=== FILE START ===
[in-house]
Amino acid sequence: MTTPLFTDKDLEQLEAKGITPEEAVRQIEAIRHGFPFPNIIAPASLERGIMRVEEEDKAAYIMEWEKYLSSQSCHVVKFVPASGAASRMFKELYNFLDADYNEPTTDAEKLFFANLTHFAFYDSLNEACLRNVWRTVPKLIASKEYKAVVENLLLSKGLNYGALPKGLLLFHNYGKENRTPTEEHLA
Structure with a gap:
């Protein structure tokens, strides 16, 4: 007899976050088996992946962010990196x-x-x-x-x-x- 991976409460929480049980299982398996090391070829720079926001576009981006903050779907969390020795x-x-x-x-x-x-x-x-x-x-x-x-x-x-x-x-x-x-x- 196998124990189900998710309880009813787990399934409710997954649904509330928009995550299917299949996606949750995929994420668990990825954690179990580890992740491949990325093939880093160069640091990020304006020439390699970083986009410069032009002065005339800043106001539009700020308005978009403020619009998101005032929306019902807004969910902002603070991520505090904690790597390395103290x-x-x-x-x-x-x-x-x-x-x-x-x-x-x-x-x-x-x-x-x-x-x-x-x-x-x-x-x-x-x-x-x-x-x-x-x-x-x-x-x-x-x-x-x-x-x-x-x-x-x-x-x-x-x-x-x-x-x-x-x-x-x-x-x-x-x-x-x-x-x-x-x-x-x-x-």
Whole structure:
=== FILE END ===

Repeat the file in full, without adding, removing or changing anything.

[in-house]
Amino acid sequence: MTTPLFTDKDLEQLEAKGITPEEAVRQIEAIRHGFPFPNIIAPASLERGIMRVEEEDKAAYIMEWEKYLSSQSCHVVKFVPASGAASRMFKELYNFLDADYNEPTTDAEKLFFANLTHFAFYDSLNEACLRNVWRTVPKLIASKEYKAVVENLLLSKGLNYGALPKGLLLFHNYGKENRTPTEEHLA
Structure with a gap:
């Protein structure tokens, strides 16, 4: 007899976050088996992946962010990196x-x-x-x-x-x- 991976409460929480049980299982398996090391070829720079926001576009981006903050779907969390020795x-x-x-x-x-x-x-x-x-x-x-x-x-x-x-x-x-x-x- 196998124990189900998710309880009813787990399934409710997954649904509330928009995550299917299949996606949750995929994420668990990825954690179990580890992740491949990325093939880093160069640091990020304006020439390699970083986009410069032009002065005339800043106001539009700020308005978009403020619009998101005032929306019902807004969910902002603070991520505090904690790597390395103290x-x-x-x-x-x-x-x-x-x-x-x-x-x-x-x-x-x-x-x-x-x-x-x-x-x-x-x-x-x-x-x-x-x-x-x-x-x-x-x-x-x-x-x-x-x-x-x-x-x-x-x-x-x-x-x-x-x-x-x-x-x-x-x-x-x-x-x-x-x-x-x-x-x-x-x-």
Whole structure: